“You meet people at their most vulnerable and worst,” adds Van Poppelen. “You haven’t had any coffee. You are hungover. You are with her family. We had a lot of setback against the crowd after church. They are the rudest people to wait for, weird enough. “
The two also read emails sent by servers that range from heartwarming to worthy to criminal. Like when a customer dyed her hair in the bathroom of a seafood restaurant on the Jersey Shore. Or the time when an Applebee, North Carolina waitress stabbed a customer who she suspected was sleeping with her boyfriend with a fork. The customer did not charge any fees.
During the quarantine, Van Poppelen and Wallace gave laid-off servers advice on pandemic relief and unemployment. But even as restaurants gradually reopen and COVID-19 restrictions persist, staff are facing a number of new challenges, including an increase in sexual harassment of waitresses, according to Van Poppelen and Wallace.
“It plays a big part,” says Wallace. “We’ve heard beautiful stories about loyal customers going way beyond what they should and about communities banding together to keep restaurants alive. Then we hear the other side. During the pandemic, there has been an increase in sexual harassment, especially among women. Their faces are covered. You will be verbally and physically harassed. People think that waiters are now faceless drones just bringing your food. So why should we tip you? Whoever you were before COVID is only getting amplified now. So if you were a kind hearted, loyal, giant dump truck, you were ten times that high during COVID. If you’ve been a shitty customer who was a bad dump truck, you are probably worse than you were before. “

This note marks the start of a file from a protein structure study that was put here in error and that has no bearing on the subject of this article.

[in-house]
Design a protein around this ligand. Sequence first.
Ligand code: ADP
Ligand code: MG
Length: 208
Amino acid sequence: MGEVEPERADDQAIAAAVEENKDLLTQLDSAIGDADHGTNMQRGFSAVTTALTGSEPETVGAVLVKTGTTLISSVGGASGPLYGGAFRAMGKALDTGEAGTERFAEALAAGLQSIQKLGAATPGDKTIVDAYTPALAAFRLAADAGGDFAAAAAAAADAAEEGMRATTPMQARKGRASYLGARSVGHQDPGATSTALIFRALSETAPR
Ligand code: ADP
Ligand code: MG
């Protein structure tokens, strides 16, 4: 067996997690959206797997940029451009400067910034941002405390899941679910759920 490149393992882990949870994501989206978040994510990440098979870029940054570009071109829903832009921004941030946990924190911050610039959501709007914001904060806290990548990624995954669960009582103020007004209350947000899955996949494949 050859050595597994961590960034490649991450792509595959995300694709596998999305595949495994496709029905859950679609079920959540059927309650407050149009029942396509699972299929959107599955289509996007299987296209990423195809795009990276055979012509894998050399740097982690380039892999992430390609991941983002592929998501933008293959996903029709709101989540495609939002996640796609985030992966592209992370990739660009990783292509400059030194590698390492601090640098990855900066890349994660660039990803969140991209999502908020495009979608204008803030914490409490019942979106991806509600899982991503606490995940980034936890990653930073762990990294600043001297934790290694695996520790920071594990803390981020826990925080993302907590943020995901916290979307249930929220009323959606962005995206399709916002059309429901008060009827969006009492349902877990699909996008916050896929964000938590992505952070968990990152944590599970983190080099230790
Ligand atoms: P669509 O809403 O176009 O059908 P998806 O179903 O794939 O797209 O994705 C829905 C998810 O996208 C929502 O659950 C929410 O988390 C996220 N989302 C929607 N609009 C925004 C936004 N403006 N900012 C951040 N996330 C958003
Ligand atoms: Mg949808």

“Entitlement is one thing,” says Van Poppelen. “But now it’s a claim that goes with a bit of ‘I don’t worry about rules during a pandemic and I don’t worry about you.’ Servers are being treated like expendable robots more than ever. We’re dehumanized in many ways, but now you add a mask and people have been cooped up … there’s a total lack of empathy. People pretend the server is the government that made the COVID laws. They are furious about it and take it out on servers. “
Van Poppelen and Wallace say their podcast is more than just a platform for making complaints about restaurant culture. Proud to have worked in the service industry, they say the wait for tables has shaped who they are as both performers and people.
“It broadened my knowledge of food and wine,” says Van Poppelen. “It gives you the opportunity to multitask at such a high level. We’re perfectly fine if we wear a couple of hats. It’s a job that you can absolutely fall back on as long as you know what you’re doing. Your skills are still there. “
“Any night you could be in the weeds and let your ass reach you,” adds Wallace. “Customers might hate your courage. You could injure yourself at work. But I scratched my ass off. Working in the restaurant business informed me as a professional in every respect. I work hard. I care about the people I work with. It never leaves you. That’s why we love our show. We never run out of things to talk about. Once you’ve done it and you’re in, you know. “